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THE PUBLIC WEAL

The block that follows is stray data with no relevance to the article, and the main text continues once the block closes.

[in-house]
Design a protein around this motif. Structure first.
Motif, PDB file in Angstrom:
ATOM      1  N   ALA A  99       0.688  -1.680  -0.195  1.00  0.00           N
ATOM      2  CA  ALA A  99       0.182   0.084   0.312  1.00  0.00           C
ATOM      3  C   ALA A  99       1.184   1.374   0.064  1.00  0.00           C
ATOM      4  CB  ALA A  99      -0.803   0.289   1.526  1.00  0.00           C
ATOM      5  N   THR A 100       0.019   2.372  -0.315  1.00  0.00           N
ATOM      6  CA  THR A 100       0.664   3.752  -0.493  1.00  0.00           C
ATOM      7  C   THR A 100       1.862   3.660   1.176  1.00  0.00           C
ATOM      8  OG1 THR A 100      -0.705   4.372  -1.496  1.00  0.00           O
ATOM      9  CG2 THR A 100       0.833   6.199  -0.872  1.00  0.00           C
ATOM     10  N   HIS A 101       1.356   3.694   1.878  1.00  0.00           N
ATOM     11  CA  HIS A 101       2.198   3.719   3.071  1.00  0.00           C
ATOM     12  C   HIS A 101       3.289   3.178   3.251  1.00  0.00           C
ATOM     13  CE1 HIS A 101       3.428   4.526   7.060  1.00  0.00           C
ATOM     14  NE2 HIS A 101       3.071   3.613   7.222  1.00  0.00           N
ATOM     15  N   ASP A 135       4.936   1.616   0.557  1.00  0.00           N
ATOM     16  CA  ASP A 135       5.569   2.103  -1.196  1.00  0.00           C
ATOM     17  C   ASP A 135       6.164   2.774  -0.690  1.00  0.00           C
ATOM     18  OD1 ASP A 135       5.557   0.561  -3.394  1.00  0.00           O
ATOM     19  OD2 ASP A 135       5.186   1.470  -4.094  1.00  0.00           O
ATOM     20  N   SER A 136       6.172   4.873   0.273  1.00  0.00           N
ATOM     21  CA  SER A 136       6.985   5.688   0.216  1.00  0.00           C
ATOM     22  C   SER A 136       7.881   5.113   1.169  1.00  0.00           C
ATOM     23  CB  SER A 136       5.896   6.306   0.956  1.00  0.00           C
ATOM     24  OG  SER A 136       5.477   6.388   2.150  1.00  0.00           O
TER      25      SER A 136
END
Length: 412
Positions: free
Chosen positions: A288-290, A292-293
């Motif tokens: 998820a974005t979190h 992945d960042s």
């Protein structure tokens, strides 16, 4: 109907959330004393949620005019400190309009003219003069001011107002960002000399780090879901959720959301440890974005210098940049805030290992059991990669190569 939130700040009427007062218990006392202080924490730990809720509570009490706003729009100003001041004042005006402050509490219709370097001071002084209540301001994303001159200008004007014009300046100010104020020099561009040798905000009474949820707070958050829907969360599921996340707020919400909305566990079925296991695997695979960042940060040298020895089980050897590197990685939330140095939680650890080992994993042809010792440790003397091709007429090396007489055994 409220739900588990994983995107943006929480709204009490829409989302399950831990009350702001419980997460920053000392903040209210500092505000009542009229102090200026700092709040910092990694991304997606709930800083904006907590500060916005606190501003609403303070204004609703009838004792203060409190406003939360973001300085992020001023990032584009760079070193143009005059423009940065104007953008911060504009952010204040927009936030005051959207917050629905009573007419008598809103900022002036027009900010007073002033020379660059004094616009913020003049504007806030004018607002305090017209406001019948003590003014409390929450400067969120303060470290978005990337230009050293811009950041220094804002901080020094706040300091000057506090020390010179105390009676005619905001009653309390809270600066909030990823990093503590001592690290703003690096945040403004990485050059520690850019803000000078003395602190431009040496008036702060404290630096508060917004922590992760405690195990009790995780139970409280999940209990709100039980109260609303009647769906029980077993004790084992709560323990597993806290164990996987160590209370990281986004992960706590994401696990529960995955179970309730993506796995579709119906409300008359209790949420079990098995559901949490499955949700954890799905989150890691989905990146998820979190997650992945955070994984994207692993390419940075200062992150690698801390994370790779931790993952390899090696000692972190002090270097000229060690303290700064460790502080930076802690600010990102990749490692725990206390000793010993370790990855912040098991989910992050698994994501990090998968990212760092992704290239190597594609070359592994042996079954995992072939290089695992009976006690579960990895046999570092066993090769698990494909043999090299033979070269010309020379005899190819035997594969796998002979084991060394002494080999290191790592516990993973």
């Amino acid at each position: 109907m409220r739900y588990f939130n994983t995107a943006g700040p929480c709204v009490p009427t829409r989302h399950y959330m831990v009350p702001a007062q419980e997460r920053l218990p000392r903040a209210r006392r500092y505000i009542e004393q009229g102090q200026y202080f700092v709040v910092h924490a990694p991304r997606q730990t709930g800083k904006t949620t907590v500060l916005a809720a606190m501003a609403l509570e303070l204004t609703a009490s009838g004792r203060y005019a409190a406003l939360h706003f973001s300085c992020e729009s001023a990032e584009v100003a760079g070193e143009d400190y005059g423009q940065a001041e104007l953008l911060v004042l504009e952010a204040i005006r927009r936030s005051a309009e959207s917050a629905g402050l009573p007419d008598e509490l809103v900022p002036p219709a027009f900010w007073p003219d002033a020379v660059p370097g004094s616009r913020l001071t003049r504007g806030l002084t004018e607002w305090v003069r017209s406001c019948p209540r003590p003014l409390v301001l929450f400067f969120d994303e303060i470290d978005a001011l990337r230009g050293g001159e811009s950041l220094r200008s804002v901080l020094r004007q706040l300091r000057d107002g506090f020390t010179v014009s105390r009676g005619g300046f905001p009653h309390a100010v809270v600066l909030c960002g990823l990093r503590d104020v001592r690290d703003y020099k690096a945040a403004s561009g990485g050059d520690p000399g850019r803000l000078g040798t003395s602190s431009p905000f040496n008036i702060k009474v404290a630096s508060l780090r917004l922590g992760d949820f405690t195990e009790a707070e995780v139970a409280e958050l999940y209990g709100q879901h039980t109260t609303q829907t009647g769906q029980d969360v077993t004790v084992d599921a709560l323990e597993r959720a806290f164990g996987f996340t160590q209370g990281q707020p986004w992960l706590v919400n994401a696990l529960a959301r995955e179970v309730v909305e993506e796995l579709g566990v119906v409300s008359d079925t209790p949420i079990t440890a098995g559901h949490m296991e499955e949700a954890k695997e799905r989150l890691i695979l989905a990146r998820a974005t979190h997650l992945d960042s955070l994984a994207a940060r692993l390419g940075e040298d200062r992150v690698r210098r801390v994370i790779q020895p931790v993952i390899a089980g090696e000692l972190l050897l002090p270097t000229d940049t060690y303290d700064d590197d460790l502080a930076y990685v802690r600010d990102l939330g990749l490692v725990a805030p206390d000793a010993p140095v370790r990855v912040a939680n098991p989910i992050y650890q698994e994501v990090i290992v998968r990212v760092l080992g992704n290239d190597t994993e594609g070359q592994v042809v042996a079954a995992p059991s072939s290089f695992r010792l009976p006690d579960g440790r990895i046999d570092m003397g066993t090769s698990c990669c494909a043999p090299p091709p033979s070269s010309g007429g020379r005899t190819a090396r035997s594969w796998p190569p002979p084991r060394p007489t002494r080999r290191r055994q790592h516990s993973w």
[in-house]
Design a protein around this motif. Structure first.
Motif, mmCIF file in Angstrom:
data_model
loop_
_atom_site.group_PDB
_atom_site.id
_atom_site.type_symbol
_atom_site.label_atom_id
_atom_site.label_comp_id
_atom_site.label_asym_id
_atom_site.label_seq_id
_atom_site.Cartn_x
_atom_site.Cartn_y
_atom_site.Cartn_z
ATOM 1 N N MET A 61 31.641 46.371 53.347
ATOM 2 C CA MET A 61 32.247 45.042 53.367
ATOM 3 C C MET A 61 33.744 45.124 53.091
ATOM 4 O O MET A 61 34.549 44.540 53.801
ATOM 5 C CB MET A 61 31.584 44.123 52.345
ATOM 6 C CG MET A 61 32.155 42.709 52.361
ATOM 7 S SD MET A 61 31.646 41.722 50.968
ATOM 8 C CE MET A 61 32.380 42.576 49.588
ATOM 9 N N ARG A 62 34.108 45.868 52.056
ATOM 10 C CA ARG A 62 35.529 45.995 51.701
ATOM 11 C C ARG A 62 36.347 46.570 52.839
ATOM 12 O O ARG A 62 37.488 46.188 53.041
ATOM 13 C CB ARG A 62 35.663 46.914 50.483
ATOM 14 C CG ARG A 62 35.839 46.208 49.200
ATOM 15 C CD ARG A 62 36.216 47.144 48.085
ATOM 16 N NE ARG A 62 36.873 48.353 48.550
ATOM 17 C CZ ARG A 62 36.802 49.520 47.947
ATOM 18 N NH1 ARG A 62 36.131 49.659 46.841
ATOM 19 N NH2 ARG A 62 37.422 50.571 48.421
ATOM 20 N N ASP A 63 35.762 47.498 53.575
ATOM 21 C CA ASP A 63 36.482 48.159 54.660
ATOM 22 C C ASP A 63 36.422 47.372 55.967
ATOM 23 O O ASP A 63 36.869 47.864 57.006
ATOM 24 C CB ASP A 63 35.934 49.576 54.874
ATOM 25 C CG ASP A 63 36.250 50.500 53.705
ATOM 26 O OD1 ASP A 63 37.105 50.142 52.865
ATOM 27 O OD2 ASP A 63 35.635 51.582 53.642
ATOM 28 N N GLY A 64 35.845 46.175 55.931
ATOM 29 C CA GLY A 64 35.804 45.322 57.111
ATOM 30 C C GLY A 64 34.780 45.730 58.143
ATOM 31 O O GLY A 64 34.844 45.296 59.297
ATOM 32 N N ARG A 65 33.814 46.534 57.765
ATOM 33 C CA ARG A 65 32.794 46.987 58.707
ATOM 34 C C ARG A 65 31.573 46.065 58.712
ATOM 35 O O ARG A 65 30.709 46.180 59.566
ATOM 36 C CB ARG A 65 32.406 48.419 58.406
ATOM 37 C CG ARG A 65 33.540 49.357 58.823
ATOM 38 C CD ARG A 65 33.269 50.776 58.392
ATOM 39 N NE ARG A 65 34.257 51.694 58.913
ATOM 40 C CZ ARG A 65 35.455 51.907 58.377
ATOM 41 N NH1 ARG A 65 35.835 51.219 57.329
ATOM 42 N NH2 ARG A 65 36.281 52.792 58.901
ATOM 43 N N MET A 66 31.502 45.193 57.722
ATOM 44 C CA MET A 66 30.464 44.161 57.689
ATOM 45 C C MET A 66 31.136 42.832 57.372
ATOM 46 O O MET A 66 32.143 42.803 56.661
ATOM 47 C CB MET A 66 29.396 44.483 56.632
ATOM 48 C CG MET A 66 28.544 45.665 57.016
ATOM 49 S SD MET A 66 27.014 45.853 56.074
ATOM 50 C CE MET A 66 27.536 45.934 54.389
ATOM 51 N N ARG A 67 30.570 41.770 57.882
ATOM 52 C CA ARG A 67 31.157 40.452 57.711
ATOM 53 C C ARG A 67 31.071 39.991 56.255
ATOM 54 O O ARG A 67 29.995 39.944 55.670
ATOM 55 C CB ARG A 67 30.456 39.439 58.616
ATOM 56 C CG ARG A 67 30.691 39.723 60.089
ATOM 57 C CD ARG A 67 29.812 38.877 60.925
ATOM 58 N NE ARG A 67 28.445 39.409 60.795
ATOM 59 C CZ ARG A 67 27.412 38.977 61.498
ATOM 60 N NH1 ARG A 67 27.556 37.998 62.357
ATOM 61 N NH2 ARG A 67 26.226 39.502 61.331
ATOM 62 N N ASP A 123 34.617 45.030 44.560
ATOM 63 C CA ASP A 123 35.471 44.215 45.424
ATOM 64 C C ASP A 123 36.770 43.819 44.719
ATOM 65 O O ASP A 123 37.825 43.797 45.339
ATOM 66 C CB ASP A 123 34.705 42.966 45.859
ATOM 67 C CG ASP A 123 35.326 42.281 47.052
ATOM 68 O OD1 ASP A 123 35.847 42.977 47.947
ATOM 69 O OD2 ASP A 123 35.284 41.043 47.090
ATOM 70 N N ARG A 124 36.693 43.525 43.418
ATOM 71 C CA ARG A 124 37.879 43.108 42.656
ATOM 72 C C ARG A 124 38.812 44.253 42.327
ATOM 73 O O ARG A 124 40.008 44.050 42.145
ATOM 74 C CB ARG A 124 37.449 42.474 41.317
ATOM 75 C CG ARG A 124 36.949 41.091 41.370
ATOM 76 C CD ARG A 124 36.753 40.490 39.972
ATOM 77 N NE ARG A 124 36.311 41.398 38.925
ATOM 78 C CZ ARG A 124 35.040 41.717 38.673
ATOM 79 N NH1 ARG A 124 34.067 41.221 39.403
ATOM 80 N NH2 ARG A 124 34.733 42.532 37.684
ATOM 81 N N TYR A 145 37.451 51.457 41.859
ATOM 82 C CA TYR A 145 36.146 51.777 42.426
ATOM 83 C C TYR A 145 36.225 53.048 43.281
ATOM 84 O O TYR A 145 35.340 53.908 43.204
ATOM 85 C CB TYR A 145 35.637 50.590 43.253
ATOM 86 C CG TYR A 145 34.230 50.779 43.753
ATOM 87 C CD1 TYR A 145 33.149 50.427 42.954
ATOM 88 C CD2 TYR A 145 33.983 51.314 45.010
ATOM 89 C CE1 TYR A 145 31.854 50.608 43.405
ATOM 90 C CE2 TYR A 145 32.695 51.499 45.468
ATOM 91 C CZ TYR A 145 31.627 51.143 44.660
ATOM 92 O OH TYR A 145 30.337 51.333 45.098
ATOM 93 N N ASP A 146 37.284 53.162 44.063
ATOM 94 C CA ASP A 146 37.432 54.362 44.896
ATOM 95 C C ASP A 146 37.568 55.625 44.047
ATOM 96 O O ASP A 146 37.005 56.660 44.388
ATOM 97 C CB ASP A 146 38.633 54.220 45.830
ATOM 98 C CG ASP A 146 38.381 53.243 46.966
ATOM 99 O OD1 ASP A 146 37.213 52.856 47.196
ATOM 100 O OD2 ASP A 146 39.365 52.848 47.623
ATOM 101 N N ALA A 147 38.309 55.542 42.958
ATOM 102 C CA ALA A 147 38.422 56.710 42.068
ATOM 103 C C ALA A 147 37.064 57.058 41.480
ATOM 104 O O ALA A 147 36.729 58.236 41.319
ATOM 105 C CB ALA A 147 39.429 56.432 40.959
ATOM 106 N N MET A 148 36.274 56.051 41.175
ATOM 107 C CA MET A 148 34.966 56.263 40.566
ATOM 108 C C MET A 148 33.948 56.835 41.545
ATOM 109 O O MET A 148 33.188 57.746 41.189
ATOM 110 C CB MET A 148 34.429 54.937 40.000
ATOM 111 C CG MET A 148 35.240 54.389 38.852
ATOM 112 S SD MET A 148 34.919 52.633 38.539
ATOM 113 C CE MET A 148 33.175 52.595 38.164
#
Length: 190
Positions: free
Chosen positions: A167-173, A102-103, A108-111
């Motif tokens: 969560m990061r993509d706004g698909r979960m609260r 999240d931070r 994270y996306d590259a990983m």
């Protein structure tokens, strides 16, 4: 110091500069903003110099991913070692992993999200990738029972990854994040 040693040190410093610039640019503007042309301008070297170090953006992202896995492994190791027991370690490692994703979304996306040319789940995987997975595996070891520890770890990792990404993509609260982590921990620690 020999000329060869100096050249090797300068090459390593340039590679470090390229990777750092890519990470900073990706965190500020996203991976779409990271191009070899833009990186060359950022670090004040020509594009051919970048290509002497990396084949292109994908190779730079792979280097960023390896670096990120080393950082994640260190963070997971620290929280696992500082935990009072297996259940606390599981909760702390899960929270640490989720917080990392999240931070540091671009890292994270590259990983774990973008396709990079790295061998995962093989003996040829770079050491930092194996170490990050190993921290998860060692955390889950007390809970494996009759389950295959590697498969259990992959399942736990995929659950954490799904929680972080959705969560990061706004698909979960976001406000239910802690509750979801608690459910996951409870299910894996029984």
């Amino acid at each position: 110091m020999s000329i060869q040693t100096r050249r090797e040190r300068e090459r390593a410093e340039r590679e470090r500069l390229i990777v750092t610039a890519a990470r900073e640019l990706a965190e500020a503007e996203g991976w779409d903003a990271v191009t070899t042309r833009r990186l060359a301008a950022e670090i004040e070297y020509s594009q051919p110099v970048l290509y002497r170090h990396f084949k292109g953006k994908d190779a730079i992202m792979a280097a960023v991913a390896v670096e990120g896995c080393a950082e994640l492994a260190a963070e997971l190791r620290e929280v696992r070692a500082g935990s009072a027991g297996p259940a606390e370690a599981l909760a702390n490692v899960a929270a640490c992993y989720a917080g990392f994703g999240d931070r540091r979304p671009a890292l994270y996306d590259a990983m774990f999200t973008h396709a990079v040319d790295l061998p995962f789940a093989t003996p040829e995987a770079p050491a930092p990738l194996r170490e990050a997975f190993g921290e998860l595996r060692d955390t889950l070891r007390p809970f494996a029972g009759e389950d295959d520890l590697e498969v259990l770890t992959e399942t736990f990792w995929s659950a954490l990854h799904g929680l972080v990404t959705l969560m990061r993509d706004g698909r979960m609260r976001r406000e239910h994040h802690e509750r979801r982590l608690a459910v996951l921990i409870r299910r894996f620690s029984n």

VOL. XI Public Hearings on County Option Bill Swedish Lutherans and other Bodies Urge the Right of the People to Drive the Saloon from Their Counties—County Option a Prominent Issue in the Campaign. The County Option bill had public hearings Feb. 26 and March 5. Both took place in the House chamber, the first before the House Temperance Committee and the second before the House and Senate Committees, a large audience crowding the chamber in both cases. Many more than a hundred at the second hearing stood for hours around the rear of the main floor. The galleries also were well filled. Several members of the House, including two members of the com mittee, made themselves obnoxious to the many ladies present by smoking during the first hearing. The im provement in this respect at the se cond hearing may have been due to the influence of “woman in politics.” The First Hearing. It opened with resolutions by the ministers of the Augustana Synod of the Swedish Lutheran church then in session at Minneapolis. Rev. Peter Peterson, St. Paul, seconded the reso lutions with an appeal for government by the people. Dr. Rast, Red Wing, also a member of the Synod, said that his people were somewhat averse to withdrawing from the old parties but that they -would do so if necessary in order to secure their rights. Walter N. Carroll, Minneapolis, exalted the idea of a government not of force as of old but by the ballots of freemen. The question, said he, is not whether the saloon is good or bad but shall the people rule? Rev. E. Floreen, Evansville, declared that he hailed from the banner Republican county of the state and added, “We have sacri ficed our party principles for this measure.” This was a telling allusion to the election of Mr. Lobeck, Prohibi tionist, from that county, largely be cause of his advocacy of county op tion. Rev. D. Morgan, St. Paul,, said that legislators are the servants of the people. “The people want this law. The last campaign witnessed the greatest independence this state or the nation has ever seen. If our wish es are not heeded, three times as many will break away from their present political affiliations as then.” At this point Representative Elias Rachie, Madison, who introduced the bill, invited the opposition to take part in the discussion. J. W. Stokes, Min neapolis, member of the committee, moved to adjourn for two weeks, al though the hearing had only then lasted 35 minutes. Mr. Zollman, St. Paul, representing the brewers, al though not so announced, claimed that the opposition had not understood that it would have time accorded to it at this hearing and was therefore not prepared. Friends of the bill repeat edly demanded an answer to the ques tion, Who gave the opposition to un derstand that they would not be heard? But they preserved a discreet silence. The game was to postpone ac tion as long as possible. Mr. Rachie boldly stated that if the final hear ing should not be held and the com mittee should fail to take action with in a few days, he would offer a reso lution in the House to recall the bill from the committee. The opposition then consented to meet again within a week and an adjournment was taken to March 5. The Second Hearing It drifted more into a discussion of the practicability of prohibition than the first hearing. The opposition wisely spoke along this line and the friends of the measure fell into the trap somewhat, not fully emphasizing If this item is marked with a, blue pencil your subscription has been paid for one year by yourself or a friend. It will be marked but once. If you desire that your paper shall stop at the expiration of the time paid for, advise us to that ef fect and your direction will be entered upon our mailing list. MINNEAPOLIS and ST. PAUL, MINN. MARCH, 1907 the fact that the bill proposed merely to put the question of saloon or no saloon up to the people for settlement. Mr. Zollman, beer generalissimo, intro duced ,D. C. Smith, Duluth. He de nounced the measure as unfair in view of the home rule amendment to the constitution adopted in 1906. A declaration that slaughter houses within the city limits were as bad, if not worse, than saloons brought down the house, which, by the way, was nine-tenths for the bill. There will continue to be drunkards, said he. “Educate the people, control the traf fic; this is the way to deal with this subject. More liquor is sold and there are more inmates in the peni tentiary per capita in prohibition states than in license states.” This statement brought Supt. Palmer of the Anti-Saloon League to his feet, who indignantly denied the statement and offered to give figures to back his de nial, but withdrew while Mr. Smith continued. “Bishops Potter and Gib bons, Andrew D. White and Dr. Ly man Abbott oppose prohibition and Neal Dow, the father of prohibition,” declared the speaker none too ingen uously, “regretted his championship of that policy before his death.” John M. Townley, mayor of Fergus Falls, was very much excited over the $j.2,000 revenue now annually derived from the saloons of that city. F. C. Massey, city attorney of East Grand Forks, said that the removal of sa loons from that hub of hell (he didn’t give it that name) which had been opened depending on present condi tions would injure business. He did not stop to explain what his city’s chief business is. County option has no logical foundation. The speaker had attended Hamline University sev eral years and that prohibition suburb had been troubled with several blind pigs. It is putting it very mildly to say that the speaker would never have made this declaration before a Hamline audience, as the editor of The Public Weal, who has made that burg his home for over twenty years, is in position to know. A number of protests were made at this point that the opponents of the bill were taking the entire time. It was finally agreed, however, that they should have still more time, after which the friends of the measure would have another turn. The bill was then opposed by C. O. Daly, City attorney of Mankato; Theo. Splane, Rochester and Ed. Lees, Winona, who seemed to think the prosperity of his beautiful city depended upon the $47,000 contributed annually by its saloons, the breweries and the barley raised in the county. He said: “I speak for the best business interests of Winona to a man.” According to this' statement either godliness is not profitable unto all things in south eastern Minnesota or the Christian people of Winona are not working at their religion. Rev. Peter Peterson, who a week be fore had spoken for the ministers of the Swedish Lutheran church, pre sented resolutions favoring the meas ure which had unanimously been adopted by the synod, representing 400 congregations whose session in Minneapolis was just closing. “We do not object,” said he, “to municipal con trol of the saloon question if the vil lages and cities will also confine the results of the saloon within their lim its. But unfortunately, while they re ceive the saloon revenue, the entire county is compelled to suffer the pov erty and crime which results from the saloon and to pay a large share of the cost of caring for the one and punish ing the other. Rev. F. M. Eckman, Center City, said: “We do not ask you to vote out Minneapolis Treasury Looted by Brewers Bill to Legalize a Big Steal Railroaded Through the Legislature and Promptly Signed by the Governor—Geo. W. Higgins, Prohibitionist, the Only Hennepin Member Who Voted No. If the average man were not ac-! customed to being treated as the prop erty of the saloonists, Minneapolis would be up in arms over the passage of the bill legalizing the illegal pay ment of over $200,000 to the brew eries of L.at city for proportionate amounts of license fees in cases where a license had been cancelled. The story runs something like this: As a penalty, when licenses are re voked or cancelled for any cause, the law of the state provides that no re fund shall be made. But the attorney of the biggest brewery in Minneapolis is a member of the City Council; so he forced through an ordinance some four or five years ago, permitting the return of the money. Like most ordin ances of that kind, it was slid through quietly and few people outside of the Council and probably few of those in side knew what had been done, but a few officials, obedient to the ordi nance and disregarding the law, paid back to the brewers the amount above stated. C. W. Purple, an attorney, fell onto tne fact that the people had been rob bed of this amount, instituted a suit and had the ordinance set aside, and then instituted a suit against the breweries to compel them to repay the people’s money into the treasury. The situation was awkward; hence the brewers went to their usual friends —the aldermen —and told them that something must be done. The aldermen, in turn, went to the Legis lature as the only body that could give them remedy; hence the Henne pin county delegation gathered in a hastily called meeting behind locked doors, and the attorney of the city of Minneapolis arose before them and told them how the people of the city of Minneapolis (from whom he re ceives his pay) could be duped out of more than $200,000 if they would introduce a bill which he had prepared —or the brewers had prepared for him—and rush it through. The next morning the bill was intro duced, and without a word of explana tion as to what it meant, except a statement to the Legislature that it affected Hennepin County and Henne pin County only, a motion was made the saloon but let us say whether it shall eixst in our county. Politicians do not ignore the rural vote in the campaign. Let the legislature accord us our rights as well.” Rev. J. N. Brandell, Cannon Falls, called atten tion to the fact that it was the liquor interests wnich were chiefly opposing this measure. Although he came from a strong Republican district, Mr. Vox land, Prohibition candidate for the legislature had given Dr. Gates, the winner (the speaker did not mention names) a close run because the peo ple were not certain they could de pend upon the Republican candidate to work and vote for this measure. Nels T. Moen, Ada, was amused at the enthusiasm for law enforcement exhibited by the speakers opposed to the bill. Alluding to the charge that blind pigging would result from county option, he said that should Mayor Townley show the same vigor as he had claimed to have displayed toward the law-violating brewers of his city, where would a few blind piggers be? He showed from his experience as county attorney that the evil results and expense resulting from insanity, poverty and crime caused by the sa loons of villages were visited upon the entire county and that the county should, therefore, have the privilege of saying whether or not the saloon should exist. Supt. Palmer gave some telling figures on the relation of li cense to crime and poverty and made an earnest plea that manhood be pre- by W. I. Nolan, who has often been used to serve these interests, that the rules be suspended and the bill given its second and third reading and plac ed on final passage. People from all parts of the House began to inquire the import of the bill, it was again stated that it referred only to Hennepin county, and the speaker put the question. When the ayes had been heard, the speaker call ed for the nays and declared the mo tion carried before the nays could be heard, although it takes two-thirds of the House to suspend the rules, and a hearty nay was recorded. A num ber rose to their feet and, addressing the chair, demanded a roll-call. Mem bers sought to interrupt the roll-call and ascertain why, after all, the Legis lature was rushing on in such a heed less and unintelligent manner, but of course the roll-call having been start ed, the speaker called them to order. A number of Republican representa tives told your correspondent that they were morally certain that not to exceed thirty people responded af firmatively to the roll call, but the Republicans who were present and not voting were recorded in the affirm ative and the party lash depended upon to keep them quiet. The next day a motion was made to re-consider, but the bill had been hurried on to the Senate, and before the House had been in session a half hour there were those ready to rise to a point of order against the motion to re-consider, on the ground that the bill had already been rushed through the Senate, where there were but two dissenting votes, and that ft had al ready received the signature of the Governor. It is to be remembered that this measure had nothing to do with the moral (or rather immoral) phase of the liquor traffic. It was merely a revenue measure where the breweries, contrary to law, had stolen over $200,- 000 from the city, and the city repre sentatives, including the city attorney and every member of the Hennepin county delegation excepting Geo. W. Higgins, Prohibitionist, voted to legal ize the theft. ferred above dollars. Gustav Eide, Sec. of the Minnesota Total Absti nence Association, Dr. Allen, repres enting the Good Templars, and Sen ator Chas. Halvorson, Dawson, also spoke. Mr. Rachie then announced that the friends of the bill desired no further time and insistei upon early action by the committee. The opposition claiming that they needed additional time to present their views, adjourn ment was taken to Friday, the Bth inst. at 2 o’clock. SENATE KILLS COUNTY OPTION BILL. The Senate Temperance committee, by a vote of eight to one, recommend ed that the Senate county option bill be indefinitely postponed. Senator Elwell made a minority report. Senator Campbell, chairman of the Temper ance committee, moved the adoption of the majority report. Senator Thorpe moved the adoption of the minority report as a substitute. The motion was lost by 23 to 47 and the majority report was then adopted. If this item is marked with a blue pencil, your subscription expiree with this number. Please favor us a prompt renewal. One and two-cent postage stamps accepted. If you paid your own subscription your paper will be con tinued until arrearages, if any. are paid and an order to stop is received by us. If your paper is a gift from a friend, it will be stopped at expiration, unless re newed. NO. 3.